We then shift to Créteil, and its so-called cabbages, a series of towers with a striking, organic design, and listen to its 90-year-old architect, Gérard Grandval. He makes clear that his design for the suburb was a reaction precisely to what he thought had gone wrong in the banlieues beforehand: “neighborhoods where there was no activities other than housing — this was obviously wrong, and was criticized.”

In response, the designers of Créteil “aimed to create neighborhoods and an urban life, not just ticking the box of housing people.” While the banlieue was conventionally condemned by the 1968 generation and its heirs, Grandval remembers his design as an explicit reaction to the events of that year. The mayor of Créteil asked the architects to “‘show us that something different is possible,’ and I took him at his word.”

Some of this has clearly rubbed off. We hear one resident point out that here “we’re not in boxes, but in flats that are like slices of Camembert. […] If you go from one room to another, you feel like you’re outdoors. It’s like a kind of village here, and it’s all linked to the architecture,” which is evoked by stark, epic whistles and drones. Grandval is happy with the gradual additions being made to the suburb, and disdains architects who “think they’ve built the Parthenon.” “I want people to change my buildings. At the end of the day, they’re people’s homes.”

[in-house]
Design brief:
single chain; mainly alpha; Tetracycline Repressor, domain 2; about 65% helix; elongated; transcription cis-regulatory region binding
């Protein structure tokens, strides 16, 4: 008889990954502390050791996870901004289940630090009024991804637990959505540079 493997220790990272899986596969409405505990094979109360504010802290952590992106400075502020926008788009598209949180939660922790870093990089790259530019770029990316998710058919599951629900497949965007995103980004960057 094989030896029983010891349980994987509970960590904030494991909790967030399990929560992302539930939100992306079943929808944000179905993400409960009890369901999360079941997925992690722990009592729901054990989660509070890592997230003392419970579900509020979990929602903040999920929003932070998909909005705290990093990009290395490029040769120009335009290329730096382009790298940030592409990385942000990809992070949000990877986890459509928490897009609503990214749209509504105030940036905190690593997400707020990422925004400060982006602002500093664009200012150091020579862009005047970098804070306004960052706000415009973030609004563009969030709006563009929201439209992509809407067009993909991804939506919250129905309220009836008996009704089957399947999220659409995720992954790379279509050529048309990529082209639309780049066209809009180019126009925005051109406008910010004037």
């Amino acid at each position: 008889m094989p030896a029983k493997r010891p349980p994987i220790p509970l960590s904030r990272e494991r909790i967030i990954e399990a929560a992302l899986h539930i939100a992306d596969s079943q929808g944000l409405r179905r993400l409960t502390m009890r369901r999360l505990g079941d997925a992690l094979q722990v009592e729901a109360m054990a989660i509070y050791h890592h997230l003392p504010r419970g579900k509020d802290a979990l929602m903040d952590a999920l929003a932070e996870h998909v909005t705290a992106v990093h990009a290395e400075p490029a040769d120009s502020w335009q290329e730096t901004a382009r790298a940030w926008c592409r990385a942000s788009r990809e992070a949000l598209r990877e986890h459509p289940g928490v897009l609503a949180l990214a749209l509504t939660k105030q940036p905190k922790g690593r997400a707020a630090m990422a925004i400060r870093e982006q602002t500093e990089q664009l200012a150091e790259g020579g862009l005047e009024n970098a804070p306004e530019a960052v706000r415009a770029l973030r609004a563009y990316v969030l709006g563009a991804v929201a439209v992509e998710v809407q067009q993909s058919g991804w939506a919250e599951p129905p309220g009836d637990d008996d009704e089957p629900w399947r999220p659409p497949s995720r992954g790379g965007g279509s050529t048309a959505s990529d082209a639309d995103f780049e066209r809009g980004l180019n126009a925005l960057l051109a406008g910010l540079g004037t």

The final destination is the suburb of Bobigny, and its remarkable Bourse de Travail (i.e., Job Center) by the great Brazilian modernist Oscar Niemeyer, a cousin of his stunning Communist Party headquarters in northeastern Paris. But here for the first time we hear a dissenting voice — and, perhaps surprisingly, it’s from a professional, the urban planner working in Bobigny’s town hall.